ISM Manufacturing Talking Points:
- The ISM Manufacturing Survey showed further contraction for December as the survey printed a reading of 47.2, missing expectations of 49.0 and sending the index into it’s 5th month of contraction
- USDJPY dropped as the report crossed the wires, adding to overnight pressure resulting from the US airstrike which killed a top Iranian General in Iraq
- Employment in the sector is continuing to contract, adding worry that the weakness could spill over into the larger services sector and ultimately stifle the hot US labor market
Overnight volatility spilled into New York morning trading after a US airstrike killed one of Iran’s top generals in Iraq and sent the markets into a risk off slide. Furthering that mood, the release of this morning’s ISM manufacturing survey added economic concern back into markets as the survey printed a reading of 47.2, missing expectations of 49.0 and putting the manufacturing contraction into its 5th consecutive month. USDJPY fell as the report crossed the wires, adding to the overnight pressure on the cross and now trades under the 108.06 mark. However, the pair is maintaining its posture above lows set overnight.
USDJPY (15-Min Chart)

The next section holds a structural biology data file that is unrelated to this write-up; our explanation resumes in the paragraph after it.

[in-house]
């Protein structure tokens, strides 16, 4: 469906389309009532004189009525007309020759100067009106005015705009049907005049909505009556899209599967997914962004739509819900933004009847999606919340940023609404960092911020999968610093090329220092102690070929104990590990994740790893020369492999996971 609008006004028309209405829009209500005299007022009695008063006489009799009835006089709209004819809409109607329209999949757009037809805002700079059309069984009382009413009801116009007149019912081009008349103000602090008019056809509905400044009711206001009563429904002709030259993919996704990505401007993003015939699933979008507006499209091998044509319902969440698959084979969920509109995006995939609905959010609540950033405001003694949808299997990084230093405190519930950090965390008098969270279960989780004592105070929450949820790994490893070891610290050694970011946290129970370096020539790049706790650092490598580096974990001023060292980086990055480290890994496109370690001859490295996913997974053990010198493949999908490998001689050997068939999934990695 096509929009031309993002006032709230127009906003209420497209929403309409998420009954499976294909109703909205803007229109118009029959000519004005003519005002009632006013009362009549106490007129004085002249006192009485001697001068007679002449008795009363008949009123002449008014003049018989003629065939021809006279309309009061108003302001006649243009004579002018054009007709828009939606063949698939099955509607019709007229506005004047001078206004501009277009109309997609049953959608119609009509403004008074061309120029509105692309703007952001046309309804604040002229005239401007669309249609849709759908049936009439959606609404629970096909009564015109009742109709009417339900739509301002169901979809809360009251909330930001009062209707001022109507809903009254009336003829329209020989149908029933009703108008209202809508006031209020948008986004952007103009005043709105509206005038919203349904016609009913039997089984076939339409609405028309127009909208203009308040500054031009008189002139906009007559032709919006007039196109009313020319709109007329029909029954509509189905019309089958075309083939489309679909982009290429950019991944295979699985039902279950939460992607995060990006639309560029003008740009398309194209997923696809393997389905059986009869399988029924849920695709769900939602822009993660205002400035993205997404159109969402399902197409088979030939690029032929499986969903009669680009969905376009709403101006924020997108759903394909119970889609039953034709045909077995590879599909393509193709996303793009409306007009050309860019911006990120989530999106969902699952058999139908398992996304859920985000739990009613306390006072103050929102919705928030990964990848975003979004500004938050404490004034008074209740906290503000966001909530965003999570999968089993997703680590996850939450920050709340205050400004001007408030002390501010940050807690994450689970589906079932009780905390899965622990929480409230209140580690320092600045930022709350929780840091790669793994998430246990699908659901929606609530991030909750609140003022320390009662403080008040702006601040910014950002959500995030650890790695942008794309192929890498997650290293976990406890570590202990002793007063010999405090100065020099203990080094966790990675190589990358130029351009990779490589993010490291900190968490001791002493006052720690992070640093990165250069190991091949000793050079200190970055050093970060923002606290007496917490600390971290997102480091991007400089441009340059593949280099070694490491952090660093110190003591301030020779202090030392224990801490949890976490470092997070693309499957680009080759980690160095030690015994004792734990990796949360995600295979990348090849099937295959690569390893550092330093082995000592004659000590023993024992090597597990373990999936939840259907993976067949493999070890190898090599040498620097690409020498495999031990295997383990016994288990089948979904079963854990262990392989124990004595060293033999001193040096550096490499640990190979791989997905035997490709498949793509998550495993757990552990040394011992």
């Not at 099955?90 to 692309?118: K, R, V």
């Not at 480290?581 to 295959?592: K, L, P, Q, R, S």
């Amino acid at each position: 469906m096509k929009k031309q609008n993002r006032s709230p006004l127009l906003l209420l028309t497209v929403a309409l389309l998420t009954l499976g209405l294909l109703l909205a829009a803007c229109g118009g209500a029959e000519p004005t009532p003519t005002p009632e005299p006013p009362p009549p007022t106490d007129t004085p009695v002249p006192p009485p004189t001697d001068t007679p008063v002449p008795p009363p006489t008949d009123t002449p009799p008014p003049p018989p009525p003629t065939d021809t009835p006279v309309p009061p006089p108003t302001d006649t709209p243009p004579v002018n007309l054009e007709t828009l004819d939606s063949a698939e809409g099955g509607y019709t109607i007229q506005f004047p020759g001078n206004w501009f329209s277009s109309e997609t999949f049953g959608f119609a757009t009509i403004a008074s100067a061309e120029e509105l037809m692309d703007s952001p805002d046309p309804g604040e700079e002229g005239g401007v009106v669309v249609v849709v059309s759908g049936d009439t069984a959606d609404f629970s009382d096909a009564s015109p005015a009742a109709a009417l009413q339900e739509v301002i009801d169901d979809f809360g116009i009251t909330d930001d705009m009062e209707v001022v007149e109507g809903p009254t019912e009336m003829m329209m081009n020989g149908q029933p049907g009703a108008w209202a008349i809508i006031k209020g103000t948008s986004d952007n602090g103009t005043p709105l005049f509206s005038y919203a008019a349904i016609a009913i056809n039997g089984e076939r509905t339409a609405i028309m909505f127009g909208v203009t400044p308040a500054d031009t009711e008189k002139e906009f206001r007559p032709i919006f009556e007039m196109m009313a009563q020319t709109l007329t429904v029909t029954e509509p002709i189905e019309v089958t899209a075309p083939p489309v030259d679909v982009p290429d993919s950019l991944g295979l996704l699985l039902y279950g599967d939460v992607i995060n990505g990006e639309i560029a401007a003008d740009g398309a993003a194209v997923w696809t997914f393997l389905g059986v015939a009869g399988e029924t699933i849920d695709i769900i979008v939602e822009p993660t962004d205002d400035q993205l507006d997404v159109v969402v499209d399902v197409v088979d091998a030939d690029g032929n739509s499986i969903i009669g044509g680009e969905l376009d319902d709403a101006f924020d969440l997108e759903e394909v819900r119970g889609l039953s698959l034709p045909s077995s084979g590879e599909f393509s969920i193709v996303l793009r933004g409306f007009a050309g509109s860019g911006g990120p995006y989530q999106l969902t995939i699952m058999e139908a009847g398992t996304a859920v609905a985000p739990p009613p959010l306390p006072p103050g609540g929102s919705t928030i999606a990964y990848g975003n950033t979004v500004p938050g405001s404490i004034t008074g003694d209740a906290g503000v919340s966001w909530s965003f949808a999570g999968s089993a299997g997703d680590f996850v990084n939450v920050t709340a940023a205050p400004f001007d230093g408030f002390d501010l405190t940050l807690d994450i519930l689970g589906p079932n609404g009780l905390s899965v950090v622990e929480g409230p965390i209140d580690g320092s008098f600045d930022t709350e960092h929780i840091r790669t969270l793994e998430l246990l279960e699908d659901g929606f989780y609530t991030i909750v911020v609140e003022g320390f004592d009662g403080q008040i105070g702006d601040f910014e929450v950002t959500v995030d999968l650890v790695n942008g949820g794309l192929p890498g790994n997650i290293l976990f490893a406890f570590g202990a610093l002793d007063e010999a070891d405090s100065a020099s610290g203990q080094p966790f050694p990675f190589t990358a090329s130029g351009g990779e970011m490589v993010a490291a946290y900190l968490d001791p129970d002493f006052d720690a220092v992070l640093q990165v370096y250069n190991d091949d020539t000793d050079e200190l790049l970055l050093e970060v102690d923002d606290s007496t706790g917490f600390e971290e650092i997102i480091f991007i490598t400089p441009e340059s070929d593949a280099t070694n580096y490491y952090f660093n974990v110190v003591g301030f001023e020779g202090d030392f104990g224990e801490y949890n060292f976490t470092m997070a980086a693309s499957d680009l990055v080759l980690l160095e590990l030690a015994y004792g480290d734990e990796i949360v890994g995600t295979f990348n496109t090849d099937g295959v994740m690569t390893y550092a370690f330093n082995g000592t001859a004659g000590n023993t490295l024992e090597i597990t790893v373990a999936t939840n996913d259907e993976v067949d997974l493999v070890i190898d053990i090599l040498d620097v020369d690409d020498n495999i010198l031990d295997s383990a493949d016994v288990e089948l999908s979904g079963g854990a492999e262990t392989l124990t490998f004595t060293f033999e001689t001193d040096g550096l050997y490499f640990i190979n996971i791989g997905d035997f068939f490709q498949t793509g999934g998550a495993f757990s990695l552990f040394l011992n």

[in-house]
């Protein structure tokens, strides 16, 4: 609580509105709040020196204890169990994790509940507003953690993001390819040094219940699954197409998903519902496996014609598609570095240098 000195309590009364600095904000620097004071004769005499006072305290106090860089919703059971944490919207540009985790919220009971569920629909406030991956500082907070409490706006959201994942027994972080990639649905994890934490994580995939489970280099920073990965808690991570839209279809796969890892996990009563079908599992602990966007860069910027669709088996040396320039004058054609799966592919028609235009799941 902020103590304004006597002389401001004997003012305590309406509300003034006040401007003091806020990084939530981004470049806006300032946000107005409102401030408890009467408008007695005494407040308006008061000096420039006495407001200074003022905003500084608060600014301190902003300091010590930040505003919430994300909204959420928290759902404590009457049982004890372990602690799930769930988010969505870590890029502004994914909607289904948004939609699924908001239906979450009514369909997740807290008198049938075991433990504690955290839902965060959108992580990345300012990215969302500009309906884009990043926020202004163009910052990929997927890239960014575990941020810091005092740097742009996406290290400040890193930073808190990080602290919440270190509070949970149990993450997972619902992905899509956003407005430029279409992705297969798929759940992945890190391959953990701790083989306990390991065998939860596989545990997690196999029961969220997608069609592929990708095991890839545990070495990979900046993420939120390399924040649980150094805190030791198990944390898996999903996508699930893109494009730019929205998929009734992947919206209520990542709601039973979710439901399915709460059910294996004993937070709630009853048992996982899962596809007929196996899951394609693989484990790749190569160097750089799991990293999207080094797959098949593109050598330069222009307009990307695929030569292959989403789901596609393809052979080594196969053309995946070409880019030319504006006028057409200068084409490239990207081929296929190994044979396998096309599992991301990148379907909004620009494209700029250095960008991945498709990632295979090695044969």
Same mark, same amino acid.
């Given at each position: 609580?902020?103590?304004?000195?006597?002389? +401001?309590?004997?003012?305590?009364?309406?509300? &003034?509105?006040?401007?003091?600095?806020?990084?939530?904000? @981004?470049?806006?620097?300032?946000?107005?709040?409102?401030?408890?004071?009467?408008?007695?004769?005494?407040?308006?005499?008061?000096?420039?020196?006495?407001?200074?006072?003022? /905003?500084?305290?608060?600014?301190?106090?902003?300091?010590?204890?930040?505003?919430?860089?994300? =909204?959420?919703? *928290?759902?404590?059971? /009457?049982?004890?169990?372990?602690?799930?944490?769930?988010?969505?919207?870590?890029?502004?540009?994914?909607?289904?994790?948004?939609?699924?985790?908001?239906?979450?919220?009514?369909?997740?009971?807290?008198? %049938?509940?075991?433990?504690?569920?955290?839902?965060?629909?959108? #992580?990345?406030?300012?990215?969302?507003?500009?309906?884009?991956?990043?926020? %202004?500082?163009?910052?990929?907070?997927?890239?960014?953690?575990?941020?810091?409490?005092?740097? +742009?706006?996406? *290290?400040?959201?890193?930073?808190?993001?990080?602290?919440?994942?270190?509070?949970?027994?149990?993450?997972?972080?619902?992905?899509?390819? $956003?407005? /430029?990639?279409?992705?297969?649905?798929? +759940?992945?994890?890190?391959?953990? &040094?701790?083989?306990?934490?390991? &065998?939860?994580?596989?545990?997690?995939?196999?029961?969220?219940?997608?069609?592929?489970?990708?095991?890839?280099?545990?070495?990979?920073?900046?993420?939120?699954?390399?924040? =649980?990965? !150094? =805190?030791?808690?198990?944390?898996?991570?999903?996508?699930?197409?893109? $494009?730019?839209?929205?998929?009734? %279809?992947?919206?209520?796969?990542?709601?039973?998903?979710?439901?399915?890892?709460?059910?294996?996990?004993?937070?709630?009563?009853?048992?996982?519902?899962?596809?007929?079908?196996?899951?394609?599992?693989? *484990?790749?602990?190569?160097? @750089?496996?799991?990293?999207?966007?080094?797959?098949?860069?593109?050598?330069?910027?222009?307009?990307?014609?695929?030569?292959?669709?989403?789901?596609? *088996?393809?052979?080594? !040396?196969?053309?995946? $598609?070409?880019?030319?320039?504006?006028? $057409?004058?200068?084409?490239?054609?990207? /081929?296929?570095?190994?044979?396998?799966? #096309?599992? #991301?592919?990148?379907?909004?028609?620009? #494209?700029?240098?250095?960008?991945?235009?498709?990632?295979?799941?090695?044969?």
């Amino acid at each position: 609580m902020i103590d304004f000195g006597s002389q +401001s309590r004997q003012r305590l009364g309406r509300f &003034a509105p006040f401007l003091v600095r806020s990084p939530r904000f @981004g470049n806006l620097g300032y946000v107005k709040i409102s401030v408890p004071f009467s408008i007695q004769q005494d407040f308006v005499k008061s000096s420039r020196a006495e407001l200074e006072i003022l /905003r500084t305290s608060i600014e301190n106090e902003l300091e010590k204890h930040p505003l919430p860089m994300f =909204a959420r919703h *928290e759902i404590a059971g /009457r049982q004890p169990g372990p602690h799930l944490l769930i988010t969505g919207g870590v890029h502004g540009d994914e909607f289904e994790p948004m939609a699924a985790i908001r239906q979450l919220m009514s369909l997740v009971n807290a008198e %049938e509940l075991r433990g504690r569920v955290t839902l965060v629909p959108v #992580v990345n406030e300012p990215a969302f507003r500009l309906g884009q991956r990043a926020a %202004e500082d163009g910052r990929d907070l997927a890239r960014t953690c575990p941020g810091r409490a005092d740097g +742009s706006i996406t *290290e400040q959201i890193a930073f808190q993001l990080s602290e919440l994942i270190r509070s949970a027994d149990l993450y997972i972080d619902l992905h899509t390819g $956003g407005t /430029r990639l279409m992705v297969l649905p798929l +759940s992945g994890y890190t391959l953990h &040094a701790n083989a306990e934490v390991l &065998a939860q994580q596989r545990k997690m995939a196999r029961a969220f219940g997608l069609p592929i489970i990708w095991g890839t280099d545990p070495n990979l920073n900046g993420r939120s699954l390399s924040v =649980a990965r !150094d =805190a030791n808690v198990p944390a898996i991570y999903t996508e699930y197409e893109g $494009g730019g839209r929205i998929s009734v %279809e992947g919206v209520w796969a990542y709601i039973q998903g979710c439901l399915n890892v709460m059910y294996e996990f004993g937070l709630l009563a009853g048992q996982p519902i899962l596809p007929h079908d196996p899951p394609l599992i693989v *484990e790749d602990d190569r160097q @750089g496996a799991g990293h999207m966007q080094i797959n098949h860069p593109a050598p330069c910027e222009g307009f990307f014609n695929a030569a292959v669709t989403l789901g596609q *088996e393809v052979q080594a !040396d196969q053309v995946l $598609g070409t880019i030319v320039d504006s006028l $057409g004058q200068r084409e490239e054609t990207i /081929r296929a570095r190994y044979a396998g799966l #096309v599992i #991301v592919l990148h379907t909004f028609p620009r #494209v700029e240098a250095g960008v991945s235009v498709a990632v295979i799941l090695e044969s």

The report underscores several issues that have been lingering over the US economy over the past year. Although trade war rhetoric has recently waned after the US and China came to a tentative conclusion on a ‘phase one’ trade deal, the cumulative impact from several rounds of tariffs that preceded the agreement seem to still be echoing throughout the United States manufacturing sector. One respondent in the survey stated “Starting to see suppliers try to pass on costs associated with tariffs. Uncertainty on the trade front continues to keep agricultural markets on the defensive.”
Another key issue coming into focus for investors in 2020 surrounds the labor market. While non-farm payrolls have continued to print healthy figures in recent months, manufacturing payrolls have trended down through the second half of 2019. Payrolls for the sector saw a boost in November, thanks to the UAW strike ending and in turn sending over 40k GM workers back onto the payrolls. However, the overall trend remains negative in the BLS NFP report on factory jobs, and worries linger that the weakness could spill over into the larger services sector. The ISM employment index, a leading indicator for the sector’s labor conditions, showed no promise for a turnaround in jobs for the troubled group coming across the wires at 45.1. That is down from the previous month reading of 46.6 and marking the weakest print since January of 2016.
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–Written by Thomas Westwater, Intern Analyst for DailyFX.com
Contact and follow Thomas on Twitter @FxWestwater
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